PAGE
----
Ethics and collective identity building: Scandinavian semicommunication and the possibilities of Philippine ethics

  • Jeremiah Lasquety-Reyes Katholieke Universiteit Leuven / University of the Philippines http://orcid.org/0000-0003-0882-1973
  • Allen Alvarez Programme for Applied Ethics, Department of Philosophy & Religious Studies NTNU, Trondheim & Centre for Applied Ethics, School of Population & Public Health, University of British Columbia http://orcid.org/0000-0003-2132-7814
Keywords: social ethics, collective identity, multiculturalism, Scandinavian semicommunication, receptive multilingualism, Philippines

Abstract

How should national societies build legitimate and inclusive collective identities amidst prolific multiculturalism and linguistic diversity? We argue that cultural ownership of particular ways of framing ethics should be part of this collective identity building process. We should avoid unfair domination of minority cultural identities, but how do we do this when ethical discourses themselves tend to be shaped by particular dominant identities? We look into the case of the challenges that a particular multicultural society, the Philippines, faces in its ongoing collective identity building project on three levels: (1) ethnic and linguistic differences (e.g. differences between Tagalog, Cebuano, Maranao, etc.), (2) the historical layers of foreign culture (e.g. Islamic, Spanish, and American) that have each influenced these distinct cultural identities in different degrees, and (3) the apparent domination of Tagalog linguistic culture over others. Our answer to the question of legitimate and inclusive collective identity comes from an inter-linguistic dialogue that can be effected between cultures by harnessing similarities of ethical concepts, without compromising cultural differences. We present three different possible approaches under the following headings: (1) Pilipino ethics, (2) Filipino ethics and (3) Philippine ethics, each representing a particular stance to the dominant Tagalog linguistic culture. We argue for the third option, which is the most inclusive because of how it equalizes the status of all participating cultures in the dialogue. We also draw from the possibilities afforded by the phenomena of Scandinavian semicommunication (Haugen 1966) and what this practice offers in making collective identity building more inclusive.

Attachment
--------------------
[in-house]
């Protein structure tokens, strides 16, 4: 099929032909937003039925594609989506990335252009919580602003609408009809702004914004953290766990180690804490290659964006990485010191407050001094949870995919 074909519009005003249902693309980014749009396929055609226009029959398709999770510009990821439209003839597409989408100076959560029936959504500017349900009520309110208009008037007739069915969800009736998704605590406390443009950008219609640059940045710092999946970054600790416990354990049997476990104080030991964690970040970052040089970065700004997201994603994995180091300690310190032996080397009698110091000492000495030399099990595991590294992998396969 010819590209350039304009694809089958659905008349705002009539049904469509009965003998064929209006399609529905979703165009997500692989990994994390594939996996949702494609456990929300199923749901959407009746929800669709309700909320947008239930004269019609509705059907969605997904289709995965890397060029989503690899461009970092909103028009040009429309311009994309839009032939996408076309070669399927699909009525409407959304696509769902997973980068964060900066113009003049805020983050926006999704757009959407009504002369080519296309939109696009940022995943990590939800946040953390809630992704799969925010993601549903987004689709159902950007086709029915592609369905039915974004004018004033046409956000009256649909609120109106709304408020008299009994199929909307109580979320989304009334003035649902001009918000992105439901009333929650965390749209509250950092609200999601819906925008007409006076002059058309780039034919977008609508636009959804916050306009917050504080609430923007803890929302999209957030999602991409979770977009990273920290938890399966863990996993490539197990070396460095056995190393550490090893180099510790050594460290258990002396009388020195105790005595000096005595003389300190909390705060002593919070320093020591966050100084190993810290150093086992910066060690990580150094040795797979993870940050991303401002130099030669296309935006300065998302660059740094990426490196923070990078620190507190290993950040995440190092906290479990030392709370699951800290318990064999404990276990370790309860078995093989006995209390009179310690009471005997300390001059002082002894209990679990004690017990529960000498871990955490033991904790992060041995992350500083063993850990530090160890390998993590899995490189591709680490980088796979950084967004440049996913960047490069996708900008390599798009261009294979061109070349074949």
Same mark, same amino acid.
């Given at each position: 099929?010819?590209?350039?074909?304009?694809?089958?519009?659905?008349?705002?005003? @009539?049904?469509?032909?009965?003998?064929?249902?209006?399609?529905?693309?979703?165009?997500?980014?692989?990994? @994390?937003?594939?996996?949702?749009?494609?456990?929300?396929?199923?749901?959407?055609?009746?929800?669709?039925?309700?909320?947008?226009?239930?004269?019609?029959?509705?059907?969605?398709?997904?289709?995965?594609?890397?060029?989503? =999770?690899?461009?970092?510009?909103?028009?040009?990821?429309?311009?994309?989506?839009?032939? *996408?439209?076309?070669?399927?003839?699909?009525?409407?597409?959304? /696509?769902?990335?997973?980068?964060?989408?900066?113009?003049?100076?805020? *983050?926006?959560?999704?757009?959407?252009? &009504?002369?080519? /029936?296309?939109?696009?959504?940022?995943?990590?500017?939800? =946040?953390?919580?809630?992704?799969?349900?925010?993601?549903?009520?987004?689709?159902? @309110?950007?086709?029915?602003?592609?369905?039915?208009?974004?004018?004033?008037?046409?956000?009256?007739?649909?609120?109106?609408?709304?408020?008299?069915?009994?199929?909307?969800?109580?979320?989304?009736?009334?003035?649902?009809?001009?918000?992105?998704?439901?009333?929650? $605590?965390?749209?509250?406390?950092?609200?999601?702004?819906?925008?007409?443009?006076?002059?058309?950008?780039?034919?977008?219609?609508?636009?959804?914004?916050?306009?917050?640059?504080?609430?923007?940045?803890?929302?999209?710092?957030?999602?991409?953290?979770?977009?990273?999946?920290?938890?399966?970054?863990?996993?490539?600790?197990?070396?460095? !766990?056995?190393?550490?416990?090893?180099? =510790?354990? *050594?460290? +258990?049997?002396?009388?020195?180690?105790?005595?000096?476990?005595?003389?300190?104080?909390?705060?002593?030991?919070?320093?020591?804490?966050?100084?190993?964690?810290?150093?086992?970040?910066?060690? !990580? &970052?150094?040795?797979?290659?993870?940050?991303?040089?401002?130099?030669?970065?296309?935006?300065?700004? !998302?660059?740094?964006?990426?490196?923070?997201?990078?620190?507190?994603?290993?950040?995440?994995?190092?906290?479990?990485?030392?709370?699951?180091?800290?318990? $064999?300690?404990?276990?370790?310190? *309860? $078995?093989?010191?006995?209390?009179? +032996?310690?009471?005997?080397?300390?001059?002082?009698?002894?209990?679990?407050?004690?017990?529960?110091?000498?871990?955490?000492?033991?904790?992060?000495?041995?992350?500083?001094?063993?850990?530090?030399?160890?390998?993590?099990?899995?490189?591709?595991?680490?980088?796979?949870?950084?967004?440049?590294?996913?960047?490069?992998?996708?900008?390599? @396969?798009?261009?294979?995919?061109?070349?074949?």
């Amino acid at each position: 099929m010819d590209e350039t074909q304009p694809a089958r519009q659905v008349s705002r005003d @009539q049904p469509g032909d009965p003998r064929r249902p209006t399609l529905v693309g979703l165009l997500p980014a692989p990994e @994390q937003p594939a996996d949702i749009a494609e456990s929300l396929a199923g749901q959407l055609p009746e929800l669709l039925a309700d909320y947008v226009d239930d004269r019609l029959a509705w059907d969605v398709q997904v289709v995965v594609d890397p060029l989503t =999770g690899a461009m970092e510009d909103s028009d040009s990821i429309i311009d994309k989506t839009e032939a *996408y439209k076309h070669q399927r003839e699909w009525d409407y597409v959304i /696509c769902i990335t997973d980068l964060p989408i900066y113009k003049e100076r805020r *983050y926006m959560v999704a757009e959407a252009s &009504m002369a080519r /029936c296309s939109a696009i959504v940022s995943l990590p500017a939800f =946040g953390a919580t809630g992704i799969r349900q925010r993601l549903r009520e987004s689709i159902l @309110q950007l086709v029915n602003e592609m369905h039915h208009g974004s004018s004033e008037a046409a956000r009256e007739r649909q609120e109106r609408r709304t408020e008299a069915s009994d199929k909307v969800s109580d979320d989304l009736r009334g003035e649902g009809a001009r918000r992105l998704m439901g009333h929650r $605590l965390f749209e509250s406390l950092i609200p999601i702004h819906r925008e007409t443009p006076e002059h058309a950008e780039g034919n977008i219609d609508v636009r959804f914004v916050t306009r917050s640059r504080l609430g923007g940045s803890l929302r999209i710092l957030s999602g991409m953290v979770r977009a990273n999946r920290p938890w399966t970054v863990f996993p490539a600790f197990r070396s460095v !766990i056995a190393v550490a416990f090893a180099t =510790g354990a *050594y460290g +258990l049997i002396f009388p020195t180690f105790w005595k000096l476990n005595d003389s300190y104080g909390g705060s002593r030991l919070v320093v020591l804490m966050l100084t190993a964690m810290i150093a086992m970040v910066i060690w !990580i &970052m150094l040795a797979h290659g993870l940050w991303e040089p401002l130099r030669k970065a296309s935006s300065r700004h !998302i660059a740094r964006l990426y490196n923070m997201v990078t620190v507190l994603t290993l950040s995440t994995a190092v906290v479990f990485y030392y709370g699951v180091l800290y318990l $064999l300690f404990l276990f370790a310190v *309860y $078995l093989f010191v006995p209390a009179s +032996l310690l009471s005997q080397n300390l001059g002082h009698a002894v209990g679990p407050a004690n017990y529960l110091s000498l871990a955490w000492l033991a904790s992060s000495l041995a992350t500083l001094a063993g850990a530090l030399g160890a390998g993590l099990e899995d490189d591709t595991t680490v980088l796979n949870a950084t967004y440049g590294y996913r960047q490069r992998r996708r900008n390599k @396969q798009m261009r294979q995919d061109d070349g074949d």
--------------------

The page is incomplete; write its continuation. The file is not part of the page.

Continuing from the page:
Author Biography

Jeremiah Lasquety-Reyes, Katholieke Universiteit Leuven / University of the Philippines
Jeremiah Reyes is a PhD candidate in Philosophy in the Katholieke Universiteit Leuven. He is also assistant professor in the Department of Philosophy, University of the Philippines, Diliman.
Published
2015-11-09
How to Cite
Lasquety-Reyes, J., & Alvarez, A. (2015). Ethics and collective identity building: Scandinavian semicommunication and the possibilities of Philippine ethics. Etikk I Praksis - Nordic Journal of Applied Ethics, 9(2), 71-87. https://doi.org/10.5324/eip.v9i2.1866
Section
Artikler - Articles